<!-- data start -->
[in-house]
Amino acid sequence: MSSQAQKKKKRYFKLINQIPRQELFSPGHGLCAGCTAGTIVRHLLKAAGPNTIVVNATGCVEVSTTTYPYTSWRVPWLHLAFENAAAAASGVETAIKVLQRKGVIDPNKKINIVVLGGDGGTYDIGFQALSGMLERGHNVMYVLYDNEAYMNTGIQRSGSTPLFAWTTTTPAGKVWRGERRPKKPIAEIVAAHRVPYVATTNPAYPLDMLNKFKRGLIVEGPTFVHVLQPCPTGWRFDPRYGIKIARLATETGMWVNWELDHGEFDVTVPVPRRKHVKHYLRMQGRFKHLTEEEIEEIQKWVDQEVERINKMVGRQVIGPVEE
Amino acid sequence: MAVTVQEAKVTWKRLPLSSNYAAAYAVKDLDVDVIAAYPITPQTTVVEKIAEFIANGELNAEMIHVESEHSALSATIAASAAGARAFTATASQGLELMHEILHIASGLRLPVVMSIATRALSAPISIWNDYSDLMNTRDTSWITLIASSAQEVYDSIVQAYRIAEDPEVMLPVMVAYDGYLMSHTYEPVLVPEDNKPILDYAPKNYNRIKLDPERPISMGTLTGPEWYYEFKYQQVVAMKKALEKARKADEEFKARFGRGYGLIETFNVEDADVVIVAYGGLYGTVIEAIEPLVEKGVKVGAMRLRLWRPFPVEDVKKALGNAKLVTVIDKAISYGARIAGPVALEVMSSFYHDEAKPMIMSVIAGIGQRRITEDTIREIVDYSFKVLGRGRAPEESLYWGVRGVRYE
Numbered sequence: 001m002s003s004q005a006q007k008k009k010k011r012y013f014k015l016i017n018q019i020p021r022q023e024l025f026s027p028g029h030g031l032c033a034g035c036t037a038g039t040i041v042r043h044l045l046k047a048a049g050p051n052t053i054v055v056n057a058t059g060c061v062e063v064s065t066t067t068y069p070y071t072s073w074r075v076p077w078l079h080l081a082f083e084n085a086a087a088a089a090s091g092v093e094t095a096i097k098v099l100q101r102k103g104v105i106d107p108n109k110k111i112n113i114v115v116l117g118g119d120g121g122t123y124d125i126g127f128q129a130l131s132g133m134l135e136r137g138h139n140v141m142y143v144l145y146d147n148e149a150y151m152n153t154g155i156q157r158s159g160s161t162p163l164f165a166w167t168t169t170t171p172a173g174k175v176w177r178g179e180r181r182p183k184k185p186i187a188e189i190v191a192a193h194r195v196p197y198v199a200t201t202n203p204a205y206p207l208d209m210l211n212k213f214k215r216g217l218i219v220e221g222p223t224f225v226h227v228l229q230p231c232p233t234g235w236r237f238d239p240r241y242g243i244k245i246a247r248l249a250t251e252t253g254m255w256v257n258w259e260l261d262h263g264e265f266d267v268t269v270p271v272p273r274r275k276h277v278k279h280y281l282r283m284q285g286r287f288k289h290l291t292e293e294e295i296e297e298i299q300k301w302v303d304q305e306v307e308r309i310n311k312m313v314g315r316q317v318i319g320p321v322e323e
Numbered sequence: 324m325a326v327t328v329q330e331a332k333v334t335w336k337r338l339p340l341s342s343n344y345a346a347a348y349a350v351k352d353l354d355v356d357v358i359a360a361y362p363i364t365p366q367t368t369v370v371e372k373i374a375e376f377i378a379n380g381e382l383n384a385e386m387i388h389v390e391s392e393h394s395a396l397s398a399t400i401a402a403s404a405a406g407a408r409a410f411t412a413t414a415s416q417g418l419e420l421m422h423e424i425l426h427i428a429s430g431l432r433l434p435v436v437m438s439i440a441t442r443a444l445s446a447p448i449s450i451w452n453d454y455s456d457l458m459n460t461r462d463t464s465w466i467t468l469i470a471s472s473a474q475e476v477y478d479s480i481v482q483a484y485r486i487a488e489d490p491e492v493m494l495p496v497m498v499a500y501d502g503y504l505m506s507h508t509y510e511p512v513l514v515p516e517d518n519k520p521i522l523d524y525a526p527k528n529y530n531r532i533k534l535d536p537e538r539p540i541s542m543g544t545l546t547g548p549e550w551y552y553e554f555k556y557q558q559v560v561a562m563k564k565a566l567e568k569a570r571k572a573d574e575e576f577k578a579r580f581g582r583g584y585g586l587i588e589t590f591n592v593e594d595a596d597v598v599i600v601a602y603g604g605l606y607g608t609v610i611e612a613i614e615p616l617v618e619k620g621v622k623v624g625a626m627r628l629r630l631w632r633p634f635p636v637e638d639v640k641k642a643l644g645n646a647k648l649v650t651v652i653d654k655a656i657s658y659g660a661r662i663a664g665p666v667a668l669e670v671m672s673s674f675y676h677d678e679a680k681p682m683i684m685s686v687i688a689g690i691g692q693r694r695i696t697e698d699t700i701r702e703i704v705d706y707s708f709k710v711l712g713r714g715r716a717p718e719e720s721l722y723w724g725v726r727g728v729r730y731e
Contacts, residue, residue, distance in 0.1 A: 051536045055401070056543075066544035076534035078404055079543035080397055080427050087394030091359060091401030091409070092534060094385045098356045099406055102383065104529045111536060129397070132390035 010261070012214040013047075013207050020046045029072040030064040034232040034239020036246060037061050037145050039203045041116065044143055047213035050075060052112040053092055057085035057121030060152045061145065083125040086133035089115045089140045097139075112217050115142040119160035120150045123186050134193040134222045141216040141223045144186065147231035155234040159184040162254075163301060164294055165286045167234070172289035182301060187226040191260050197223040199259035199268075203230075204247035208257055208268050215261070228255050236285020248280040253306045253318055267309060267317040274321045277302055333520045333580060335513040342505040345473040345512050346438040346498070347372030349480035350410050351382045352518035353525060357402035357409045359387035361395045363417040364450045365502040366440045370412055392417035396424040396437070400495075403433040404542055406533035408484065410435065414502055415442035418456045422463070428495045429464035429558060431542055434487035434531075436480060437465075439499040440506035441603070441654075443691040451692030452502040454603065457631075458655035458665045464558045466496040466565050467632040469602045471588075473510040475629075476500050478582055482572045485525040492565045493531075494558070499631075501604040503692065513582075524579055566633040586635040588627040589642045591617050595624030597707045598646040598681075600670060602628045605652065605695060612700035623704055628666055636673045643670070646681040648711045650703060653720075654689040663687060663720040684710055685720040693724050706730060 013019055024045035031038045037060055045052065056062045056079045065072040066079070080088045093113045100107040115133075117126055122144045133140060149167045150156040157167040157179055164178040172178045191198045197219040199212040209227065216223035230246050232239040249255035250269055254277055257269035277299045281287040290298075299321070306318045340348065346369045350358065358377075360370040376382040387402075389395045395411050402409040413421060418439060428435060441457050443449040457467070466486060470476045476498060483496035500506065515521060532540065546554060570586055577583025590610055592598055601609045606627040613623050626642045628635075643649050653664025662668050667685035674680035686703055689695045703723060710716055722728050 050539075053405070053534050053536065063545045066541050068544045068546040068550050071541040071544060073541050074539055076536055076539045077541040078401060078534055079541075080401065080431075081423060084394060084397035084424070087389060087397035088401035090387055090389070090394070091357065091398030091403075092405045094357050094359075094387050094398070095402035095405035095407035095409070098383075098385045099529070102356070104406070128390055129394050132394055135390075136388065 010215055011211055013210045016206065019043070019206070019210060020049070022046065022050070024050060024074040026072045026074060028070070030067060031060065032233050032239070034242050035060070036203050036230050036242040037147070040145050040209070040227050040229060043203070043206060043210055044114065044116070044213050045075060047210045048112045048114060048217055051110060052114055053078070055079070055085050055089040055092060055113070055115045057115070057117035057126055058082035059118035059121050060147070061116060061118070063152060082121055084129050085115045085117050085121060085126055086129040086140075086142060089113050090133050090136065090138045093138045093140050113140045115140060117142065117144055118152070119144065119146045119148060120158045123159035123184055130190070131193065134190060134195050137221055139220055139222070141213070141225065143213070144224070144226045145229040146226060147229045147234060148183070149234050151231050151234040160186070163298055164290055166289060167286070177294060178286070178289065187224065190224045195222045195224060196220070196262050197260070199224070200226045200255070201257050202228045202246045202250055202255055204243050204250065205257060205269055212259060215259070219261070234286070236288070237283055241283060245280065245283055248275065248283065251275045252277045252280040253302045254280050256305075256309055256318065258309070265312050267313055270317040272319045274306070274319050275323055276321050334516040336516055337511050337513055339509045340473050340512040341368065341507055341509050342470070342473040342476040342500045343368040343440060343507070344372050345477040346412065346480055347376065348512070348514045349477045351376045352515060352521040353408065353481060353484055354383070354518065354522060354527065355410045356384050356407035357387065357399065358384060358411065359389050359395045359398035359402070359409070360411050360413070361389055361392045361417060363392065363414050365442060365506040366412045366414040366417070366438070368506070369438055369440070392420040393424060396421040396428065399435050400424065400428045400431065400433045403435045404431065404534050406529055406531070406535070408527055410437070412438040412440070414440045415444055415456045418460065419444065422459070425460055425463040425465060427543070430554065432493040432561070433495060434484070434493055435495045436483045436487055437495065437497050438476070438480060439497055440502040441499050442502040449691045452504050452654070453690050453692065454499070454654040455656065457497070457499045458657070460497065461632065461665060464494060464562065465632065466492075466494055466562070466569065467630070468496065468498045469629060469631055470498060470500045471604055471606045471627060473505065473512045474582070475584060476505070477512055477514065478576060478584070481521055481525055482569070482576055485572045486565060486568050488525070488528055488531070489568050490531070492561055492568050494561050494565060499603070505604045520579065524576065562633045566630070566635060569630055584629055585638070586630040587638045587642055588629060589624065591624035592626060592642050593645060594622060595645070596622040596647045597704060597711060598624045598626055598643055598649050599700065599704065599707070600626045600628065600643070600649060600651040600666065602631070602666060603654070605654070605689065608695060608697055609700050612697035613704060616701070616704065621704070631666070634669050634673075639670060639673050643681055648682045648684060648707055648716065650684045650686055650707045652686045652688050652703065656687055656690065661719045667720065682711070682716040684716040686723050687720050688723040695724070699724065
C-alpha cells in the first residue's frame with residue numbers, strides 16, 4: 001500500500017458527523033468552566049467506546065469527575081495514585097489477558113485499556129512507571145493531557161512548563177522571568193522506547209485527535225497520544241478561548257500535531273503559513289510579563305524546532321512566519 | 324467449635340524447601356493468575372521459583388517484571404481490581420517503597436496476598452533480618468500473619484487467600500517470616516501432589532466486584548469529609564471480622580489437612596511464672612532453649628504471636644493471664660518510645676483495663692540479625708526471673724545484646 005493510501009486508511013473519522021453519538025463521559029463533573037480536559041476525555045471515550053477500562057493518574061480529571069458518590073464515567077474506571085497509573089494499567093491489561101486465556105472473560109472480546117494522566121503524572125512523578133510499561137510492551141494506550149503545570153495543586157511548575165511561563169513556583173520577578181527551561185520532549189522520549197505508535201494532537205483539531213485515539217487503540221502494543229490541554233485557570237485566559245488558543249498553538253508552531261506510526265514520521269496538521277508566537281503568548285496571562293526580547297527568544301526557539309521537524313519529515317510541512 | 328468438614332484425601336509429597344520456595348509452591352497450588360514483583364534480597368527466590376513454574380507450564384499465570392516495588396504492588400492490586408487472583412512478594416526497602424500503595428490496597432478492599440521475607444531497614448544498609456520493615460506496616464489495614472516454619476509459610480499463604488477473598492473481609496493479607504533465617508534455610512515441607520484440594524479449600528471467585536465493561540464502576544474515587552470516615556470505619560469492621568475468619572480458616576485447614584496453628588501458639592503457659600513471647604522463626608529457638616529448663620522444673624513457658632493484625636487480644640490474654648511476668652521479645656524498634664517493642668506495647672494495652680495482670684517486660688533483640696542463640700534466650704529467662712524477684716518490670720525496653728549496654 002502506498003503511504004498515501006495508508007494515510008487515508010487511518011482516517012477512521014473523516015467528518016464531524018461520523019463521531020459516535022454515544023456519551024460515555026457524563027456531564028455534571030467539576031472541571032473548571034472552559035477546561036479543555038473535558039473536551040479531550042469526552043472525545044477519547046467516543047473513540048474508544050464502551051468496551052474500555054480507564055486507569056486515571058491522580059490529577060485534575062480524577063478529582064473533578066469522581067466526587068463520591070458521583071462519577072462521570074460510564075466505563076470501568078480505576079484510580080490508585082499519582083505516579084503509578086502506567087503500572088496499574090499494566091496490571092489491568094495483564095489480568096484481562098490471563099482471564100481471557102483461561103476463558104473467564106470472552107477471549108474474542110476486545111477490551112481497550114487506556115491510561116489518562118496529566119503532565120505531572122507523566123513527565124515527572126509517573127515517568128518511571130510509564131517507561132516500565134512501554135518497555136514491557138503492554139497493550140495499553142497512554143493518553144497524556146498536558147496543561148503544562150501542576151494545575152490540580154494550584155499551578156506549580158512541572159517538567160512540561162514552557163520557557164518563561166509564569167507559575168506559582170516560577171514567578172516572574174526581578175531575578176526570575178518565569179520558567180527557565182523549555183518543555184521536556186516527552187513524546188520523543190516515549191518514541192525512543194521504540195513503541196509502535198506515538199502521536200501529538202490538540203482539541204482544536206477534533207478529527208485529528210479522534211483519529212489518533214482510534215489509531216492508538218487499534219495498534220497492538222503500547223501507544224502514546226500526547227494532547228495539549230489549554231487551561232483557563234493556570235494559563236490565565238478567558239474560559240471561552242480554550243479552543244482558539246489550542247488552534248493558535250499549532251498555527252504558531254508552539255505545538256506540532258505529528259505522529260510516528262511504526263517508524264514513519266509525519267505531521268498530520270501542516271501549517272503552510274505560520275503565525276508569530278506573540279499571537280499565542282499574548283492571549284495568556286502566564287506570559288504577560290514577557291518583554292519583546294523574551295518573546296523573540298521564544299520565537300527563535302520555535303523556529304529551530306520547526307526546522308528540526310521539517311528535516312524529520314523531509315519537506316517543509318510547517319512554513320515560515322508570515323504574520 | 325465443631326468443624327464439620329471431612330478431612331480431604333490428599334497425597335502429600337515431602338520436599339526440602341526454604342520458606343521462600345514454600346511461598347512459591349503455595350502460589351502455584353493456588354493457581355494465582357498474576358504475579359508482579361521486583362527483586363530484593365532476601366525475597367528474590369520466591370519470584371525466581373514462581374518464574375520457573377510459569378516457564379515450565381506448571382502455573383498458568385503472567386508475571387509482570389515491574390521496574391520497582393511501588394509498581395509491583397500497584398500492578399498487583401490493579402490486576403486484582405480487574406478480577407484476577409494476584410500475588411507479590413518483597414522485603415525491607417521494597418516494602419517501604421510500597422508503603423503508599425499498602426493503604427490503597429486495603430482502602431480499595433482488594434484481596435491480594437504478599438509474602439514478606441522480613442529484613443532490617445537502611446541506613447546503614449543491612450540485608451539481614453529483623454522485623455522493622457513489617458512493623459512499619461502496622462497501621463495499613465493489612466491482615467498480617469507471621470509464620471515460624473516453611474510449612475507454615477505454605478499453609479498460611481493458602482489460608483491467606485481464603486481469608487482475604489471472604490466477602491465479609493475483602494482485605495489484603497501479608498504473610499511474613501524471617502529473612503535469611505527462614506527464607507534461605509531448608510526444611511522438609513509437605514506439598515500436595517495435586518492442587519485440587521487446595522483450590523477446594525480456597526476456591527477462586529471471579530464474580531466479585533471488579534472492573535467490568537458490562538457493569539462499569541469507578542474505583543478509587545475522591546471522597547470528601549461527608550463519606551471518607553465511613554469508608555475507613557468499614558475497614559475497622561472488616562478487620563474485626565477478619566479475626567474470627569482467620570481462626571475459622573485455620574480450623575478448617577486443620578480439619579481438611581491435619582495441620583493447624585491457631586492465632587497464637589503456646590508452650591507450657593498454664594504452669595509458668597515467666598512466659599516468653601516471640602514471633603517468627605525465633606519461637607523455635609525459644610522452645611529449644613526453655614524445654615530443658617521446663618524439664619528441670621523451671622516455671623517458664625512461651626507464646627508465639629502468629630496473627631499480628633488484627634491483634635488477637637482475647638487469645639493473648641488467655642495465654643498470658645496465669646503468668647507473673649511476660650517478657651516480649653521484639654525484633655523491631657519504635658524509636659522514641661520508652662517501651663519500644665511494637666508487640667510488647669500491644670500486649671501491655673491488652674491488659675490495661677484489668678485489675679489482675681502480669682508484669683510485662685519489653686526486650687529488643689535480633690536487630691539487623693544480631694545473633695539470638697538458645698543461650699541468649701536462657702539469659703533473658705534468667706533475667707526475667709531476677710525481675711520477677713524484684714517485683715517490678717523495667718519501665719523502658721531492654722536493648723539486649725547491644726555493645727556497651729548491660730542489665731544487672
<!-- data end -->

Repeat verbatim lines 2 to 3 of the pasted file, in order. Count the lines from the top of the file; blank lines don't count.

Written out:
Amino acid sequence: MSSQAQKKKKRYFKLINQIPRQELFSPGHGLCAGCTAGTIVRHLLKAAGPNTIVVNATGCVEVSTTTYPYTSWRVPWLHLAFENAAAAASGVETAIKVLQRKGVIDPNKKINIVVLGGDGGTYDIGFQALSGMLERGHNVMYVLYDNEAYMNTGIQRSGSTPLFAWTTTTPAGKVWRGERRPKKPIAEIVAAHRVPYVATTNPAYPLDMLNKFKRGLIVEGPTFVHVLQPCPTGWRFDPRYGIKIARLATETGMWVNWELDHGEFDVTVPVPRRKHVKHYLRMQGRFKHLTEEEIEEIQKWVDQEVERINKMVGRQVIGPVEE
Amino acid sequence: MAVTVQEAKVTWKRLPLSSNYAAAYAVKDLDVDVIAAYPITPQTTVVEKIAEFIANGELNAEMIHVESEHSALSATIAASAAGARAFTATASQGLELMHEILHIASGLRLPVVMSIATRALSAPISIWNDYSDLMNTRDTSWITLIASSAQEVYDSIVQAYRIAEDPEVMLPVMVAYDGYLMSHTYEPVLVPEDNKPILDYAPKNYNRIKLDPERPISMGTLTGPEWYYEFKYQQVVAMKKALEKARKADEEFKARFGRGYGLIETFNVEDADVVIVAYGGLYGTVIEAIEPLVEKGVKVGAMRLRLWRPFPVEDVKKALGNAKLVTVIDKAISYGARIAGPVALEVMSSFYHDEAKPMIMSVIAGIGQRRITEDTIREIVDYSFKVLGRGRAPEESLYWGVRGVRYE